Greensleeve's 5th Note
  • Kathy
    Posts: 5,409
    Sharp or not sharp? Any strong opinions?
  • irishtenoririshtenor
    Posts: 1,241
    NOT sharp. Strong opinion.
  • Earl_GreyEarl_Grey
    Posts: 873
    But what about What Child is this? ;)
  • CCoozeCCooze
    Posts: 1,257
    My go-to (or at least first thought) lyric and music for Greensleeves is the version Debbie Reynolds sang in “How the West Was Won.” It definitely needs the sharp.
  • M. Jackson Osborn
    Posts: 8,181
    NOT! (Also strong.)
    It's a modal melody and the sharp is to 'modernise' it - just like what was visited upon plain chant in the baroque and classical eras - even Palestrina got caught up in this decadent practice. According the The Hymnal Companion (1940) it had its origins as a street cry in seventeenth century London.
    Thanked by 2tomjaw PaxTecum
  • Schönbergian
    Posts: 999
    It's a modal melody and the sharp is to 'modernise' it - just like what was visited upon plain chant in the baroque and classical eras - even Palestrina got caught up in this decadent practice.
    An interesting observation, seeing as I hear it as more modal with the raised sixth than without.
    Thanked by 2LauraKaz MarkS
  • CHGiffenCHGiffen
    Posts: 4,903
    ... I hear it as more modal with the raised sixth than without.
    Indeed, keeping the raised sixth puts the melody in the Dorian mode.
    Thanked by 3tomjaw Liam MarkS
  • Liam
    Posts: 4,562
    What Mode Is This?
  • CharlesW
    Posts: 11,633
    That sharped 5th note sounds strange to me and goes against what I learned years ago. I don't know what mode it is but suspect it belongs in the com-mode.
    Thanked by 1tomjaw
  • SalieriSalieri
    Posts: 3,020
    It depends on what theory you subscribe to:

    Some would say (and this used to be me) that it is in the First Mode (Dorian), which naturally runs from D-D and does not use the b-flat (except it often does, cf. most Mode I chants in the Graduale); therefore, when transposed to the usual key of E minor, the C should be sharpened.

    Others would say (and this is my opinion now) that the b should be supplied with musica ficta, and a flat added (which would be c-natural in the usual transposition), to follow the Fa super La rule, since the opening phrase only touches the b before descending again: so the La of the natural hexachord (C-A) needs to be supplied with the Fa from the soft hexachord (F-d, with the b-flat). This matches with Kyrie Orbis factor.

    NB: this is entirely about the possibility of using or not using ficta in the first and second lines; it should, IMO always be sharp in the third and fourth lines (the Refrain in What child is this), since the mode seems to briefly change from the Dorian to Ionian (or transposed Lydian) at that point.
  • Temporarily skipping the question as posed, when I first encountered it, I was quite sure that it was a good-music/bad-music issue: people who like the swooning tune of "O Little Town of Bethlehem" and the Waltz/Schmaltz of "Bring Flowers of the Fairest" clearly sharpen the C. Since I do none of those things willingly, the c must be natural, not sharp.

    I don't know enough of the validity of the arguments (and, clearly, intelligent people can disagree). Although I've abandoned the prejudicial reasoning, I think the conclusion is valid: Natural.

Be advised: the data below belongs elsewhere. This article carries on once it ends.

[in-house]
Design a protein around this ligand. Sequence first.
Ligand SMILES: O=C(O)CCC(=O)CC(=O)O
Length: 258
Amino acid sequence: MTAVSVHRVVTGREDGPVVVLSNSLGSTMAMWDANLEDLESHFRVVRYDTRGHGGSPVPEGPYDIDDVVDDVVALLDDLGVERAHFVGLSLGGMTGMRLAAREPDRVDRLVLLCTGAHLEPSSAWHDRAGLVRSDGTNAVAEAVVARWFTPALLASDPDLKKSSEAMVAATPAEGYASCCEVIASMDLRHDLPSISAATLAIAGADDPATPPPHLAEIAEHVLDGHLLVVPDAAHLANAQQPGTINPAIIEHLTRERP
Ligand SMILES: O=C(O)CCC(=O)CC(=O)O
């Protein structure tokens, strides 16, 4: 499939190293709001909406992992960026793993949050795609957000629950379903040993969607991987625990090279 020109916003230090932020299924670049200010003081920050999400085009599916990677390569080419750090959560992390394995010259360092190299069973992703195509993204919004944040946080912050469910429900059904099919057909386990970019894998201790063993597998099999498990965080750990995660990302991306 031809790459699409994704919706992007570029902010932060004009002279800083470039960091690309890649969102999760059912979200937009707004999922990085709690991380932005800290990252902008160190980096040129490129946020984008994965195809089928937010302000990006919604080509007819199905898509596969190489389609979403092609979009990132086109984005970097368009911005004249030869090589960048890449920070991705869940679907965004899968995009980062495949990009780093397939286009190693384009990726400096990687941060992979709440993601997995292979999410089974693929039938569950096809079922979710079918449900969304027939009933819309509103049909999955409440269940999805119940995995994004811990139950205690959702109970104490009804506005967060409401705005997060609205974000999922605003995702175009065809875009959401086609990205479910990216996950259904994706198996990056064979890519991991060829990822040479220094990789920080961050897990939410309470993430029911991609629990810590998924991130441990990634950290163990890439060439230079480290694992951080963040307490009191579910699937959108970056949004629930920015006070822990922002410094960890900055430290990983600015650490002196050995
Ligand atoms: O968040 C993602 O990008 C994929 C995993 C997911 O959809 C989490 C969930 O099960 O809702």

Thanked by 1tomjaw
  • francisfrancis
    Posts: 9,799
    I hear it as thus:

    melodic minor for the first half... it then switches to the key of D Major for the refrain, but begins on the IV chord (of D Major) for the first two measures then returns to E Minor for the last two measures of the refrain. You can call it 'modernization' if you want, but I like this approach.

    (In the melodic minor, the sixth is natural when descending and sharped when ascending.)

    e,g,a,b,c,b,a,f#,d,e,f#,g,e,e,d#,e,f#,d#,b (melodic minor)
    e,g,a,b,c,b,a,f#,d,e,f#,g,f#,e,d#,c#,d#,e,e (melodic minor)
    d,d,c#,b,a,f#,d,e,f# (D Major, beginning on IV)
    g,e,e,d#,e,f#,d#,b (melodic minor)
    d,d,c#,b,a,f#,d,e,f# (D Major, beginning on IV)
    g,f#,e,d#,c#,d#,e,e (melodic minor)

    (It actually reflects a 'mixolydian schizophrenic complex' traveling from E to a lowered seventh (D) in its harmonic progression)
  • M. Jackson Osborn
    Posts: 8,181
    An interesting analysis, Francis, and maybe not far from the mark. (I was beginning to ponder something similar myself. I think that Schenker would be pleased... or amused.)
    Thanked by 1francis
  • tandrews
    Posts: 125
    Split the difference! (purple)
  • CHGiffenCHGiffen
    Posts: 4,903
    With Greensleeves originating as a broadside ballad (registered in 1580), more or less to the tune we now associate with that name, it's worthwhile pointing out that such ballads were sung/performed to a "ground" (a repeated pattern of notes/chords). In the case of Greensleeves, the ground for the verses is known as passamezzo antico and the ground for the reprise (chorus) as romanesca.

    Here are two lute renditions of the tune, one from the William Ballet lute book (c. 1590) with a middle version by Francis Cutting (c. 1605), and the other from Het Luitboek van Thysius (c. 1595-1620).

    (William Ballet lute book/Francis Cutting):

    (Het Luitboek van Thysius):

  • Earl_GreyEarl_Grey
    Posts: 873
    My only strong opinion on this is that it should match what is printed in the music. A certain Cathedral would print the music with the sharp and then play it without which was very difficult for those who actually read.